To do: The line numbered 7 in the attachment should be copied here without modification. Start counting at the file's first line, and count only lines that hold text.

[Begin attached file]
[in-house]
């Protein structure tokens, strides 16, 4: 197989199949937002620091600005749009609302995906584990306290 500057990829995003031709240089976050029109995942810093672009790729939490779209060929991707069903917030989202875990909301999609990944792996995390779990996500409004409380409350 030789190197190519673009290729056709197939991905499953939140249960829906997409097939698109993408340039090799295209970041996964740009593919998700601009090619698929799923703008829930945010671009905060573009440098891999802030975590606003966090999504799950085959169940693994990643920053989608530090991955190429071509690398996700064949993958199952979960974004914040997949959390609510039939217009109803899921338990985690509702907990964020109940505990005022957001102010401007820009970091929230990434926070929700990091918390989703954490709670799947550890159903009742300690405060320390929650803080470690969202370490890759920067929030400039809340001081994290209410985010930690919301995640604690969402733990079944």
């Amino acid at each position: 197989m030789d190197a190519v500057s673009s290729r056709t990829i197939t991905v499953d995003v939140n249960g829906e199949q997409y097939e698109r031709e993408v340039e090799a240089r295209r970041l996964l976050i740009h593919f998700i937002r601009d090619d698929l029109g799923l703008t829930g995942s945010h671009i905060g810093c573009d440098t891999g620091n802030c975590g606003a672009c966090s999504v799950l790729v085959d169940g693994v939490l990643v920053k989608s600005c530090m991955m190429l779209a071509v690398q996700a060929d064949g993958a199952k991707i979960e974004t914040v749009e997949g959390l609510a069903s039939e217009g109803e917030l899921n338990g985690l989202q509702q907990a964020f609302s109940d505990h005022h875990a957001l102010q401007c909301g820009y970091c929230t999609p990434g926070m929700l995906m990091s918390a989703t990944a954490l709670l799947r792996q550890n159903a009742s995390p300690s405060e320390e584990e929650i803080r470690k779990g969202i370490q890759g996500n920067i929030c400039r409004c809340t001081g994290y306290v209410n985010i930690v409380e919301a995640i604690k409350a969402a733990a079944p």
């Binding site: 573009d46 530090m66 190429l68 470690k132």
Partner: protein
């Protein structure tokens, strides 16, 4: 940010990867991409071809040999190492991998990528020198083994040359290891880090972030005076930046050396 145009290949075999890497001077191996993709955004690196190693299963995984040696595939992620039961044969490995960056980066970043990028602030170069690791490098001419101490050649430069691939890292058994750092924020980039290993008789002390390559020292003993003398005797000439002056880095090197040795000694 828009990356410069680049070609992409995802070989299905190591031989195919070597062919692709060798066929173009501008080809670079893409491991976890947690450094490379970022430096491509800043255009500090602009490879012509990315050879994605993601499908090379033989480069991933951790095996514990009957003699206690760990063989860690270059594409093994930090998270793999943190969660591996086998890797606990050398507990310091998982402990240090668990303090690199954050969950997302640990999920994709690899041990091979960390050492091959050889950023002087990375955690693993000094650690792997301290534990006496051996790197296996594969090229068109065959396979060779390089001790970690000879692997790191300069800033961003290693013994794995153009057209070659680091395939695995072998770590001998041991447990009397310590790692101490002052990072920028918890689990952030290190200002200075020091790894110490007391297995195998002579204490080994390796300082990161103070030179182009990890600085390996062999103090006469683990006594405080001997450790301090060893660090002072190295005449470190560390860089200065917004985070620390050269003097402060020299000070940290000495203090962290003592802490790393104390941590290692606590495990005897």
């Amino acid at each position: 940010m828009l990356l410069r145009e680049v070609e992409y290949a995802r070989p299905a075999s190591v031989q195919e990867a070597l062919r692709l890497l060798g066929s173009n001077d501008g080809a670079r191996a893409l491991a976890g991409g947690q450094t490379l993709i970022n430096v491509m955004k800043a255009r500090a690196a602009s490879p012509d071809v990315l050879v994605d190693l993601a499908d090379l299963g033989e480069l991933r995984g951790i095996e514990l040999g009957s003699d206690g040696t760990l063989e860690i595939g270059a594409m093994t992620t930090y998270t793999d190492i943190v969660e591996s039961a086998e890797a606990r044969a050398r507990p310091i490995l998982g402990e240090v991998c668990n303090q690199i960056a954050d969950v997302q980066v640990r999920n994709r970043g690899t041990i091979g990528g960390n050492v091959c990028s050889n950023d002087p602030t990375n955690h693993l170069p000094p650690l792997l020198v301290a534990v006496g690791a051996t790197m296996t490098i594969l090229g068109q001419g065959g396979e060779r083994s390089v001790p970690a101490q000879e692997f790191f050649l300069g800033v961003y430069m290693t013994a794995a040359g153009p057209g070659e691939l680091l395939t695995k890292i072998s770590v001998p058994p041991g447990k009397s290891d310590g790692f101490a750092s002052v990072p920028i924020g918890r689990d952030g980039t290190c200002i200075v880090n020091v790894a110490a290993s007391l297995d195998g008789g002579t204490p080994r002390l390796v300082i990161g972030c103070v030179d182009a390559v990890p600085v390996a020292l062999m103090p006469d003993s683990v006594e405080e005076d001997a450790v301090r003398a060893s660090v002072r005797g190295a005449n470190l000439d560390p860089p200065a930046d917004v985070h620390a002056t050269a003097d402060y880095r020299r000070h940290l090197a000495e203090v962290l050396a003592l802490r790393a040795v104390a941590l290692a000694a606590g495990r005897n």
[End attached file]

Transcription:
């Amino acid at each position: 940010m828009l990356l410069r145009e680049v070609e992409y290949a995802r070989p299905a075999s190591v031989q195919e990867a070597l062919r692709l890497l060798g066929s173009n001077d501008g080809a670079r191996a893409l491991a976890g991409g947690q450094t490379l993709i970022n430096v491509m955004k800043a255009r500090a690196a602009s490879p012509d071809v990315l050879v994605d190693l993601a499908d090379l299963g033989e480069l991933r995984g951790i095996e514990l040999g009957s003699d206690g040696t760990l063989e860690i595939g270059a594409m093994t992620t930090y998270t793999d190492i943190v969660e591996s039961a086998e890797a606990r044969a050398r507990p310091i490995l998982g402990e240090v991998c668990n303090q690199i960056a954050d969950v997302q980066v640990r999920n994709r970043g690899t041990i091979g990528g960390n050492v091959c990028s050889n950023d002087p602030t990375n955690h693993l170069p000094p650690l792997l020198v301290a534990v006496g690791a051996t790197m296996t490098i594969l090229g068109q001419g065959g396979e060779r083994s390089v001790p970690a101490q000879e692997f790191f050649l300069g800033v961003y430069m290693t013994a794995a040359g153009p057209g070659e691939l680091l395939t695995k890292i072998s770590v001998p058994p041991g447990k009397s290891d310590g790692f101490a750092s002052v990072p920028i924020g918890r689990d952030g980039t290190c200002i200075v880090n020091v790894a110490a290993s007391l297995d195998g008789g002579t204490p080994r002390l390796v300082i990161g972030c103070v030179d182009a390559v990890p600085v390996a020292l062999m103090p006469d003993s683990v006594e405080e005076d001997a450790v301090r003398a060893s660090v002072r005797g190295a005449n470190l000439d560390p860089p200065a930046d917004v985070h620390a002056t050269a003097d402060y880095r020299r000070h940290l090197a000495e203090v962290l050396a003592l802490r790393a040795v104390a941590l290692a000694a606590g495990r005897n």